June 12 (Renewables Now) - UK Prime Minister Theresa May announced today a net zero emissions target for 2050, becoming the first G7 country to legislate such a goal.
The statutory instrument to introduce the target comes in an amendment to the Climate Change Act 2008, laid in Parliament on Wednesday.
“Now is the time to go further and faster to safeguard the environment for our children. This country led the world in innovation during the Industrial Revolution, and now we must lead the world to a cleaner, greener form of growth,” May said.
The Prime Minister expressed hope that other major economies would follow suit. This will be checked within five years to confirm that the UK’s move has prompted ambitious climate action by other countries and to also ensure that the UK’s industries do not face unfair competition.
The target is based on recommendations by the Committee on Climate Change (CCC), which in a recent report said a net-zero greenhouse gas (GHG) target by 2050 could be achieved with known technologies and at an acceptable cost if existing policies were strengthened immediately. According to the CCC, extensive electrification, particularly of transport and heating, and a more ambitious offshore wind capacity goal of 75 GW by 2050 would be important pieces of the net-zero puzzle. It admits in its report that for now it is impossible to predict the exact mix of technologies and behaviours that would work best.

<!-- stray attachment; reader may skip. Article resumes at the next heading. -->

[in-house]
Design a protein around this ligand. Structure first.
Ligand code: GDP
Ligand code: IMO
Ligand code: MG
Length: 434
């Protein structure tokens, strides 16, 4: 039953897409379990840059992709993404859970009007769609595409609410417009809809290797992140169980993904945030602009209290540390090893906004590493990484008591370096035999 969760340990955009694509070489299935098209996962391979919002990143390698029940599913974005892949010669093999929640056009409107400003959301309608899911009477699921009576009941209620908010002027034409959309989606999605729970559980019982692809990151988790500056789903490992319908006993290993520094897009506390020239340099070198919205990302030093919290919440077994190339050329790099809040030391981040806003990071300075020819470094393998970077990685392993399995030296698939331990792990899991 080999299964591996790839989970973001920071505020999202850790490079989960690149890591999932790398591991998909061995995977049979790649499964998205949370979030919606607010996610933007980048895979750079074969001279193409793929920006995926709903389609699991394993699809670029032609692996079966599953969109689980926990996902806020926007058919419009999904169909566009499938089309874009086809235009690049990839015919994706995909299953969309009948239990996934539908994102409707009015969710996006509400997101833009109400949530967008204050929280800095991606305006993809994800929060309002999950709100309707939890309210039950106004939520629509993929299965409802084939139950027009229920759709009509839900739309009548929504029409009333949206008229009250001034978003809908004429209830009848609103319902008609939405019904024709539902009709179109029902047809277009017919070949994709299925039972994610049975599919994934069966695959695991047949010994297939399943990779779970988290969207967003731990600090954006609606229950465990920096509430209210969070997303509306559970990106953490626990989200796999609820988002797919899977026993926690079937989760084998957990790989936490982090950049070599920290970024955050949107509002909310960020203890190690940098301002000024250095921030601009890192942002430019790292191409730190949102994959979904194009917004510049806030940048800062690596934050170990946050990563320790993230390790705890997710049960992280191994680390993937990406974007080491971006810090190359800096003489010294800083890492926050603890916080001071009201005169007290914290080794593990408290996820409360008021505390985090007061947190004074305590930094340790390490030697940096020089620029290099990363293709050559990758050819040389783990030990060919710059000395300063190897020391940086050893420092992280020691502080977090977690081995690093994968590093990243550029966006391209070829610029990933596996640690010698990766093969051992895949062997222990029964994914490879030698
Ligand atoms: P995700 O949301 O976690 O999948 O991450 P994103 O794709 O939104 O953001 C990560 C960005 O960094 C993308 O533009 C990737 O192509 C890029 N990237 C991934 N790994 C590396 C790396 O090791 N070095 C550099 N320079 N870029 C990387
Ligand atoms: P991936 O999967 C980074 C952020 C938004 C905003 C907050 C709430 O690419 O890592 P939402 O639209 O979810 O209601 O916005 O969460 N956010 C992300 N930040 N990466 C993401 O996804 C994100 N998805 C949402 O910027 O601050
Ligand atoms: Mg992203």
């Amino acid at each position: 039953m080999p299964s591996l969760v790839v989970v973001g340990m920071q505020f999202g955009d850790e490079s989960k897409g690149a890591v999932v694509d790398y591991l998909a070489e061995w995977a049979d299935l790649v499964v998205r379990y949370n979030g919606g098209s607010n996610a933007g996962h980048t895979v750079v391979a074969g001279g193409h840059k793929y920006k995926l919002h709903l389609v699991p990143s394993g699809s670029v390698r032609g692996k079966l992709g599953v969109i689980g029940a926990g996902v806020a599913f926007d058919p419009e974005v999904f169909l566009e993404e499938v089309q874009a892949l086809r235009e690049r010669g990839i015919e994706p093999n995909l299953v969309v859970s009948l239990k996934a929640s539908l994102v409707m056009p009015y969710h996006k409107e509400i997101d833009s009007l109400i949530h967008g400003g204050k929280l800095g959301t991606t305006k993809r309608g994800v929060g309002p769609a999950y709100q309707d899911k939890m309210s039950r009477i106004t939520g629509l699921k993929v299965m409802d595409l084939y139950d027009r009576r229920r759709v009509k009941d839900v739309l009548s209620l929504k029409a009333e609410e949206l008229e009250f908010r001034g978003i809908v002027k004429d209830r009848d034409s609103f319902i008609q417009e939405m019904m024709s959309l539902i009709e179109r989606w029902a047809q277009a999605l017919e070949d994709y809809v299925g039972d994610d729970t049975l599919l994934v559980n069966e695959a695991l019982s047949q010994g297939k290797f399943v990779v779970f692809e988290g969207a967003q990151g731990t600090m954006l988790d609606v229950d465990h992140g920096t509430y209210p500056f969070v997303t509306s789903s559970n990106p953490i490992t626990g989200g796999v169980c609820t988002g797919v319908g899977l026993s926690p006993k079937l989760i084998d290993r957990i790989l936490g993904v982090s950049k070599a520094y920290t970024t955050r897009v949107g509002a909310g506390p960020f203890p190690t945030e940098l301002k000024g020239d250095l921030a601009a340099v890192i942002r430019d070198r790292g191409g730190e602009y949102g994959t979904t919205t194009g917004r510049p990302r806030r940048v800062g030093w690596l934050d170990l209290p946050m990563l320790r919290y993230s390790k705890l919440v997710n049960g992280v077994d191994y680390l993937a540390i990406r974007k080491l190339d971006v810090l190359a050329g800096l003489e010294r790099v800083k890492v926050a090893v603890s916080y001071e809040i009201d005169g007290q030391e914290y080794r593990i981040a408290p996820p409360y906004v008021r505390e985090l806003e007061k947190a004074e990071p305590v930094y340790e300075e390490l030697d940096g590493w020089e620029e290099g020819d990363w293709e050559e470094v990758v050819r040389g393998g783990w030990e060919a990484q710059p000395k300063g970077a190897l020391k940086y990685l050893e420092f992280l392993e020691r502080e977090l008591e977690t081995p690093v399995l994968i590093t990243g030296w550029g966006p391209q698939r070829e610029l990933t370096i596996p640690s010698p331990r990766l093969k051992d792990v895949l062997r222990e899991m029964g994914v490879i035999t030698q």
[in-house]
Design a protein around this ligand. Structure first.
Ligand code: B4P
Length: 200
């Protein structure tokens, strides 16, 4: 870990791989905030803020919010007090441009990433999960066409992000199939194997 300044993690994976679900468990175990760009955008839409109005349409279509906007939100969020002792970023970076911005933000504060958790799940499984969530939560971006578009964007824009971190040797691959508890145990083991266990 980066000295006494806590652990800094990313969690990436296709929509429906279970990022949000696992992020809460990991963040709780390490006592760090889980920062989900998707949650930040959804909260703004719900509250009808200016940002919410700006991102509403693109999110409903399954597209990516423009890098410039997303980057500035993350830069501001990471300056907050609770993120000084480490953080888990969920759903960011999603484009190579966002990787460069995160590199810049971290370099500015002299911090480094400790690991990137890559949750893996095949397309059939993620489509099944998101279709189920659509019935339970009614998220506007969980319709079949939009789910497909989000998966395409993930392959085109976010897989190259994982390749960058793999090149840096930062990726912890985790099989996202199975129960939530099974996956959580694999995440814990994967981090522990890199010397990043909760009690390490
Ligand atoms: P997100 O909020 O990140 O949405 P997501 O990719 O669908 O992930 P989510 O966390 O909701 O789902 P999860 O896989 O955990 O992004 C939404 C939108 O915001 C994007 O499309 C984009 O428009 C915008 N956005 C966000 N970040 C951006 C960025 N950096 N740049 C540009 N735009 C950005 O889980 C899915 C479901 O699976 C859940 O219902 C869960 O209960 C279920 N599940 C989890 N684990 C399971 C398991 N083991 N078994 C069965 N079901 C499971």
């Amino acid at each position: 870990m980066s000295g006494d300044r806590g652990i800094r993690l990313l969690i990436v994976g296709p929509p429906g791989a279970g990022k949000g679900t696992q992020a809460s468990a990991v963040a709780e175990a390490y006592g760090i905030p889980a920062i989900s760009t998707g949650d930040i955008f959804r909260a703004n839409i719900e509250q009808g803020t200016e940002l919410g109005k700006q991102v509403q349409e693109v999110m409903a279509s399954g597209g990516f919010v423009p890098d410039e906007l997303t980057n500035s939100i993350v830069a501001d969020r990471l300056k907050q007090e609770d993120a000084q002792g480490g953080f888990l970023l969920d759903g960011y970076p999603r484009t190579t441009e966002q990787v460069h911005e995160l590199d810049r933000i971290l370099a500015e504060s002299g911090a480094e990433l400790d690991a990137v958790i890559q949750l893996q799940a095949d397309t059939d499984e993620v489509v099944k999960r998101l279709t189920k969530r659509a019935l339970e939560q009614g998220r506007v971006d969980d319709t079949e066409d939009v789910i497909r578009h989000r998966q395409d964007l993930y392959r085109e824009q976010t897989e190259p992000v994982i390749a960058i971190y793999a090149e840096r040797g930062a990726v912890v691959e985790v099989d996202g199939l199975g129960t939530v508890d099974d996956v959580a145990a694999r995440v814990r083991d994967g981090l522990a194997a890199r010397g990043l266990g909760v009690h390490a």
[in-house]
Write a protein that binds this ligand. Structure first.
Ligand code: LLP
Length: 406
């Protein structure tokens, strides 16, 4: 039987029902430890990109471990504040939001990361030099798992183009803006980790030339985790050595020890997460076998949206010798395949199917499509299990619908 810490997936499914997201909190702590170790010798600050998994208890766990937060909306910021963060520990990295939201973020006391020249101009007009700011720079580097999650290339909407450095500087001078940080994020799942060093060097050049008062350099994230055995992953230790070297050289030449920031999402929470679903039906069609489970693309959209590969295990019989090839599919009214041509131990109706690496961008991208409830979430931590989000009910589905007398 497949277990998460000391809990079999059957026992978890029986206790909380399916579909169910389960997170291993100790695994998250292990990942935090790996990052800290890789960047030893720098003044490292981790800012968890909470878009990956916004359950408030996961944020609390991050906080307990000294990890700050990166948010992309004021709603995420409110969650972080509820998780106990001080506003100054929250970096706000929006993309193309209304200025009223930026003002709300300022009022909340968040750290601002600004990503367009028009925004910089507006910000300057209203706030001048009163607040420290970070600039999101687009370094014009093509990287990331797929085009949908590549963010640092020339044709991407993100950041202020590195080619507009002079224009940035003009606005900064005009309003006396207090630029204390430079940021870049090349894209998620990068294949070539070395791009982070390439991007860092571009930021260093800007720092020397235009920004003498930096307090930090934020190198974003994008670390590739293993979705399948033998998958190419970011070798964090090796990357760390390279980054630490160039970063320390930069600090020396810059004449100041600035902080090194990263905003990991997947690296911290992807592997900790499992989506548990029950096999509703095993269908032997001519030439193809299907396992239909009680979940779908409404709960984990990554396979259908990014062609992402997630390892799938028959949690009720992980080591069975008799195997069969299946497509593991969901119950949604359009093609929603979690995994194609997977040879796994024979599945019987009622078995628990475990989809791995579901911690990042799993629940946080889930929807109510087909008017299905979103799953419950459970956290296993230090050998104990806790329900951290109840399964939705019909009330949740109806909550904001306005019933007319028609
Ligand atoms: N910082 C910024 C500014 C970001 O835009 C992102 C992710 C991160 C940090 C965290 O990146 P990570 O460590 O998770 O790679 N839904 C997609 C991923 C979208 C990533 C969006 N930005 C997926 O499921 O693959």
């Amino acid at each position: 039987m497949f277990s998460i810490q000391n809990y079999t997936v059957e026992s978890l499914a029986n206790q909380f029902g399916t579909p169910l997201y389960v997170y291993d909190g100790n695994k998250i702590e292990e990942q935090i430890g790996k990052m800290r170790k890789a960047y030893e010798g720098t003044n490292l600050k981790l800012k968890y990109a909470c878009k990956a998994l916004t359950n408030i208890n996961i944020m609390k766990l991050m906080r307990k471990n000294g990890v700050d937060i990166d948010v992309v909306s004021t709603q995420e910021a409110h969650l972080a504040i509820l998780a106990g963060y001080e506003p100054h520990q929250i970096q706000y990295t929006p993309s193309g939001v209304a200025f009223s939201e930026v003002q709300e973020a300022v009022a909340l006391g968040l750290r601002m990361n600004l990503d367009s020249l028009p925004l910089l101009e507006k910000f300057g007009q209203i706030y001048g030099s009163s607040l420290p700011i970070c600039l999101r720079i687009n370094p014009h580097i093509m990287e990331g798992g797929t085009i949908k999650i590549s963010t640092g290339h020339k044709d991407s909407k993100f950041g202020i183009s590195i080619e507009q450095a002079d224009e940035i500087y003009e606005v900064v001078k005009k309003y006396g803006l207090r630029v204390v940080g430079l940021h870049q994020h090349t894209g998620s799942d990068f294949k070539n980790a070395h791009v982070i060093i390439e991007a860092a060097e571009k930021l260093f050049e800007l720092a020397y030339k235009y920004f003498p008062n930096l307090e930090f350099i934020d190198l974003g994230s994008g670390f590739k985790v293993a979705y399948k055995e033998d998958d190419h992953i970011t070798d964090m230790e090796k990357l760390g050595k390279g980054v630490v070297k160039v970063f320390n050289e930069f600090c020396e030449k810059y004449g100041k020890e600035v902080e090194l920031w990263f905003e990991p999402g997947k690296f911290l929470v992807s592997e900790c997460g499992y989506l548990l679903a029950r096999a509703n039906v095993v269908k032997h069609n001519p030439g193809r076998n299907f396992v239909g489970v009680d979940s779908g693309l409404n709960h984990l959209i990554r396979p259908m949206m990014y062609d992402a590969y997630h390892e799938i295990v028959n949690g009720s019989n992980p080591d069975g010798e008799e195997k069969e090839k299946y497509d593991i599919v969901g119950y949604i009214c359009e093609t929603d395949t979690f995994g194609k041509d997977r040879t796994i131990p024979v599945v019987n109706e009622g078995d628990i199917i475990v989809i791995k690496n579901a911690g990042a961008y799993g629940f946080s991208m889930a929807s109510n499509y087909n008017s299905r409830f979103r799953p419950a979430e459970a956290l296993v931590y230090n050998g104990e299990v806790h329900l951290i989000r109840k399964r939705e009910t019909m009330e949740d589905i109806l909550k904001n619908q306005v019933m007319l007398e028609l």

The announcement today makes it clear that using international carbon credits in support of the 2050 goal would be one piece of the puzzle, while “it will be for future governments to determine the precise direction of future climate policy”. Doug Parr, Greenpeace UK Chief Scientist, was cited by the Guardian as warning that relying on international carbon credits would undermine the UK’s commitment to fighting climate change as it shifts the burden to developing nations.
Matt Setchell, co-head of Octopus Energy Investments commented: “The government’s decision to target net-zero carbon emissions is another important step forward. Yet how this can actually be achieved remains the elephant in the room. While the pathway remains unclear, it is vital that investment continues to flow into areas that have already had a material impact on the UK’s decarbonisation.”